New gene-editing technique reverses vision loss
Researchers in China have successfully restored the vision of mice with retinitis pigmentosa, one of the major causes of blindness in humans. The study, that was published in the Journal of Experimental Medicine, uses a new, highly versatile form of CRISPR-based genome editing with the potential to correct a wide variety of disease-causing genetic mutations.
Retinitis pigmentosa can be caused by mutations in over 100 different genes and is estimated to impair the vision of 1 in 4,000 people. It begins with the dysfunction and death of dim light-sensing rod cells, before spreading to the cone cells required for color vision, eventually leading to severe, irreversible vision loss.
The researchers attempted to rescue the vision of mice with retinitis pigmentosa caused by a mutation in the gene encoding a critical enzyme called PDE6β. To do this, the team developed a new, more versatile CRISPR system called PESpRY, which can be programmed to correct many different types of genetic mutation, regardless of where they occur within the genome.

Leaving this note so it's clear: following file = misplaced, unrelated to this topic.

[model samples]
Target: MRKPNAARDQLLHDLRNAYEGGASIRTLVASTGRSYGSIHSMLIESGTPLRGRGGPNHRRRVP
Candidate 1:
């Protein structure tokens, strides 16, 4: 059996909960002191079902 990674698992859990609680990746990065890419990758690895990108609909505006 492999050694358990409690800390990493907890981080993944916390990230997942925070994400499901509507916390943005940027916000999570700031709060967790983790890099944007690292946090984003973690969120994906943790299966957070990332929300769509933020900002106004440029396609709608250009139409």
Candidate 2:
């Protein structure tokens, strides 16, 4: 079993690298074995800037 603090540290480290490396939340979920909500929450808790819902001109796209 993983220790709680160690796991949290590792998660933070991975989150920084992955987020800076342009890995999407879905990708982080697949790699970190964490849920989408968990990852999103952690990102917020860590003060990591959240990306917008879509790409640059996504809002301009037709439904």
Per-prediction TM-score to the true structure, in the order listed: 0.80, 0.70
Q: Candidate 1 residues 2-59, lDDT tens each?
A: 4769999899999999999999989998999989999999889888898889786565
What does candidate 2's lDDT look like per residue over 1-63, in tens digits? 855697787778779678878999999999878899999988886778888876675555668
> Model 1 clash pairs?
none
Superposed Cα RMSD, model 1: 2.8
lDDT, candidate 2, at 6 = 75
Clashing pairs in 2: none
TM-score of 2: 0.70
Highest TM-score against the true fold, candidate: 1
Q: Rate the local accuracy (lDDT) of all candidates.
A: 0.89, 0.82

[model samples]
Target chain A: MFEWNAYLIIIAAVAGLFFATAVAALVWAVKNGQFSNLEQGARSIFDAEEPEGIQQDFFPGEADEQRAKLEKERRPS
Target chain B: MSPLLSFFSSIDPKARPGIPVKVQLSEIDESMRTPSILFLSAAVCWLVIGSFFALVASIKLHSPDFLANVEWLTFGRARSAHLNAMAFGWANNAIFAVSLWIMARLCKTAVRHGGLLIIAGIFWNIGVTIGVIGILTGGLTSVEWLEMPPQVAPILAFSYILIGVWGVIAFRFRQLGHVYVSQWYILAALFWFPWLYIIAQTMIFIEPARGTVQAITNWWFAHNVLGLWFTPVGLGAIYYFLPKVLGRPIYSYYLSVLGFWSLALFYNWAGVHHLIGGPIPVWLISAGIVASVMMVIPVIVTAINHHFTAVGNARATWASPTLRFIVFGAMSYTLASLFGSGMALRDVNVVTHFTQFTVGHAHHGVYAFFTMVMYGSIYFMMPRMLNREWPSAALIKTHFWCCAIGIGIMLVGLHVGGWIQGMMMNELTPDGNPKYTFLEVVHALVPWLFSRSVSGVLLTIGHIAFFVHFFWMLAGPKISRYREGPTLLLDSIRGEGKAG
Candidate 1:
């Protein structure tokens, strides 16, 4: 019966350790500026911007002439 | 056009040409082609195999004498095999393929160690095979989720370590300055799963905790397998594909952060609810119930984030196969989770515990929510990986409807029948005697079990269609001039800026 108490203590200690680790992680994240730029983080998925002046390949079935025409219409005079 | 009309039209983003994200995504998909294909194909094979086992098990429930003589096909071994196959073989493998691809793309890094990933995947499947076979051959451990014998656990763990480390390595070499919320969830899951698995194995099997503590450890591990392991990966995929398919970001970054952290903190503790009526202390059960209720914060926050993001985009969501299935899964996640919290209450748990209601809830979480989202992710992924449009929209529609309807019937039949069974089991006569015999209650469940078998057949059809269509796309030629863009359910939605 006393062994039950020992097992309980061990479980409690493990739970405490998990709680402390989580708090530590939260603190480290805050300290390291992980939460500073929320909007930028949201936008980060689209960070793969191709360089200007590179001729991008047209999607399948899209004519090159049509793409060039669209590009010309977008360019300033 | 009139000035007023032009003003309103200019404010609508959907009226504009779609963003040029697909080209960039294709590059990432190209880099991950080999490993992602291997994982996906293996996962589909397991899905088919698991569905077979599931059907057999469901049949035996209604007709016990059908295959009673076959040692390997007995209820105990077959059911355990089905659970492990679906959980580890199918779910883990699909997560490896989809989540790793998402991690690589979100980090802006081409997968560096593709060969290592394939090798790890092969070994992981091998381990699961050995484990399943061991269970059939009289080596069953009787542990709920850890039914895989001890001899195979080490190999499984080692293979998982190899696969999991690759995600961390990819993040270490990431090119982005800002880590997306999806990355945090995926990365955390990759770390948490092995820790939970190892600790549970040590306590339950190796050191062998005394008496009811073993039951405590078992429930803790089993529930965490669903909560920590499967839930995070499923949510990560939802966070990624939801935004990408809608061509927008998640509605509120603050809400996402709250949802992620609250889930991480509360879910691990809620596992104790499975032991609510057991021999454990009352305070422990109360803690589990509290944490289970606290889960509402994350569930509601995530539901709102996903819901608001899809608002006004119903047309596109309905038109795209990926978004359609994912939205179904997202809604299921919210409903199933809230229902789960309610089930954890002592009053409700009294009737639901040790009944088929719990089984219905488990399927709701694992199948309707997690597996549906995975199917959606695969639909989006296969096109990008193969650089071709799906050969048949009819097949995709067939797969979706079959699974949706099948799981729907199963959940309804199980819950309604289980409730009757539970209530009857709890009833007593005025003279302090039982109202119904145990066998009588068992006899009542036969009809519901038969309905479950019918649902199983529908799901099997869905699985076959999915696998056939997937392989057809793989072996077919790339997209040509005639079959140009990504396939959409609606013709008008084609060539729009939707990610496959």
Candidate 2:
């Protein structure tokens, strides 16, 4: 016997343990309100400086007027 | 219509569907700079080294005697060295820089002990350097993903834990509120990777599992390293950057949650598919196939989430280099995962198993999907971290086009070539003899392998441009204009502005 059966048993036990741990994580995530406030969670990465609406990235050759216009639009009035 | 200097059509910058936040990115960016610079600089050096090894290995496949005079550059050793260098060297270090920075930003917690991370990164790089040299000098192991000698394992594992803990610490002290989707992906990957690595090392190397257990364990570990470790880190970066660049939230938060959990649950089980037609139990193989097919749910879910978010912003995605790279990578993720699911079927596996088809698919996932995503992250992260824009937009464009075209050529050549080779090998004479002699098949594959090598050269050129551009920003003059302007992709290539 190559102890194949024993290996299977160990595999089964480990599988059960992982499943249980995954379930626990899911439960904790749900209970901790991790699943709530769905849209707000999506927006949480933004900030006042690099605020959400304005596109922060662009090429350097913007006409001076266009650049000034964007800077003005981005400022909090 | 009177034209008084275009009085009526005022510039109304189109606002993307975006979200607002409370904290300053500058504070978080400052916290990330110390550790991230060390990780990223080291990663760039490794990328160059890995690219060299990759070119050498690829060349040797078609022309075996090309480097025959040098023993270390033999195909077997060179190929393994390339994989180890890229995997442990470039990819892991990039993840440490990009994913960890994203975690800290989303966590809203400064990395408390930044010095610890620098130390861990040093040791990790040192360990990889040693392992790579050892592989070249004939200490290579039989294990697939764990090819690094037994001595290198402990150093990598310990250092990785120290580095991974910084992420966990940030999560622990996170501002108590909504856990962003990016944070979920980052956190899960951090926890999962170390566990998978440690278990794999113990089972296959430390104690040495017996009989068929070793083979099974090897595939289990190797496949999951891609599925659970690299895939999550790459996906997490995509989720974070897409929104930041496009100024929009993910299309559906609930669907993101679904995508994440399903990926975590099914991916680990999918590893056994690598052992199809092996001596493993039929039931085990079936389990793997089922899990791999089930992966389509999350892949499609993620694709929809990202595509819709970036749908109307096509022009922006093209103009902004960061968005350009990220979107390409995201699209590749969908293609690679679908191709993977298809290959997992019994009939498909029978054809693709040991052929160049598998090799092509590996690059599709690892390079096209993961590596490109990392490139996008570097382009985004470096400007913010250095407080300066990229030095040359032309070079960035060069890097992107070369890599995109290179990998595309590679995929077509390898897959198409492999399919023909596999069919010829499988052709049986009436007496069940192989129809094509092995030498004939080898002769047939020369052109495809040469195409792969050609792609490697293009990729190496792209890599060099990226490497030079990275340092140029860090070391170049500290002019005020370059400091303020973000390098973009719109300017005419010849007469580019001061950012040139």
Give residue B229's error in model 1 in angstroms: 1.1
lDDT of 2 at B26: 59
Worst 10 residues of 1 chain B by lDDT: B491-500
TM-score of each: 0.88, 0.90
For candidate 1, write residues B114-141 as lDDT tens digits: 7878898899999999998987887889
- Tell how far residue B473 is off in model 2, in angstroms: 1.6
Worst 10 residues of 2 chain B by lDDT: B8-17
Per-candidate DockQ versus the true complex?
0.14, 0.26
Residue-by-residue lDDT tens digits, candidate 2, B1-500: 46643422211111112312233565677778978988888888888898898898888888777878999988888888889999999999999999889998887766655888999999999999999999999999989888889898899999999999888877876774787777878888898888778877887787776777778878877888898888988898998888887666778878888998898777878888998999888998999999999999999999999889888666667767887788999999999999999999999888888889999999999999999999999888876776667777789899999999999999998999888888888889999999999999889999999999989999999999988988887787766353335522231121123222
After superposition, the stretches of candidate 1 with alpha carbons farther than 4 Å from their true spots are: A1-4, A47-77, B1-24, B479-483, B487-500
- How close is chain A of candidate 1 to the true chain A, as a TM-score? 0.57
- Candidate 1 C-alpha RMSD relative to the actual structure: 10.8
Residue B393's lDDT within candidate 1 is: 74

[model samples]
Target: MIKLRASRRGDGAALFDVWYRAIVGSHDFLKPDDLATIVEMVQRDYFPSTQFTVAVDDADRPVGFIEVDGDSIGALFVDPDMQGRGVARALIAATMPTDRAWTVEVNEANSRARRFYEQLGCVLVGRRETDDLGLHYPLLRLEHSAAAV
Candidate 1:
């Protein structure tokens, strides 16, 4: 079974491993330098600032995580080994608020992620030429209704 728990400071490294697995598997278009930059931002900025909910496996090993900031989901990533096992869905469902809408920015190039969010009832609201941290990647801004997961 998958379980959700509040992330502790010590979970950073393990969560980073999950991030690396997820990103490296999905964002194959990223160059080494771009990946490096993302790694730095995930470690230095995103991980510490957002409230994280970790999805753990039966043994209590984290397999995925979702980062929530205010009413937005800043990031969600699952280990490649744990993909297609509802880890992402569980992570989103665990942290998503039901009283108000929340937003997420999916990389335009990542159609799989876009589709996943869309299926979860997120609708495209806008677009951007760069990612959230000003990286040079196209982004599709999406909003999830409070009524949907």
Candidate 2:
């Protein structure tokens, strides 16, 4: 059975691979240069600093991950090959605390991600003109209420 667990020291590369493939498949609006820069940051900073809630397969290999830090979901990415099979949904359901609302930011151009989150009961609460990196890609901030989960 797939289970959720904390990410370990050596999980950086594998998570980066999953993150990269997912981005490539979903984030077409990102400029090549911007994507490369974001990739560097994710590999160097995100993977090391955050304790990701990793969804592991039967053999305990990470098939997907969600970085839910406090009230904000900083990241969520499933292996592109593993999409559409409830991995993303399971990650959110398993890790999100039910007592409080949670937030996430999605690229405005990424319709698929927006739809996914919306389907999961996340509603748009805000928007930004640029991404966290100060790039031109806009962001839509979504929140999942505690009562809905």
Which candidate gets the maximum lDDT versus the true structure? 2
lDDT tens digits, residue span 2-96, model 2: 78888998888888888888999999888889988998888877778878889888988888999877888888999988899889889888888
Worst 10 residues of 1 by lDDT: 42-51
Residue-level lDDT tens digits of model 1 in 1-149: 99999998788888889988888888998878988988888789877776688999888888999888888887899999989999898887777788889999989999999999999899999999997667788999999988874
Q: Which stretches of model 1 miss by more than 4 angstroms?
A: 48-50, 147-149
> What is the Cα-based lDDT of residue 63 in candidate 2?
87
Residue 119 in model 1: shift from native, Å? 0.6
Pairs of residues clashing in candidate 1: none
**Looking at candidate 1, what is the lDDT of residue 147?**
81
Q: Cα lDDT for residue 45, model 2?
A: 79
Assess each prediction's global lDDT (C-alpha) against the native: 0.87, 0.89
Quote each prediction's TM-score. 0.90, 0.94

When programmed to target the mutant PDE6β gene, the PESpRY system was able to efficiently correct the mutation and restore the enzyme’s activity in the retinas of mice. This prevented the death of rod and cone photoreceptors and restored their normal electrical responses to light.
Hence, the authors concluded that the study provides substantial evidence for the in vivo applicability of this new genome-editing strategy and its potential in diverse research and therapeutic contexts, in particular for inherited retinal diseases such as retinitis pigmentosa.
New gene-editing technique reverses vision loss in mice; Journal of Experimental Medicine, DOI: 10.1084/jem.20220776
Dr. Nandita Mohan
BDS, MDS( Pedodontics and Preventive Dentistry)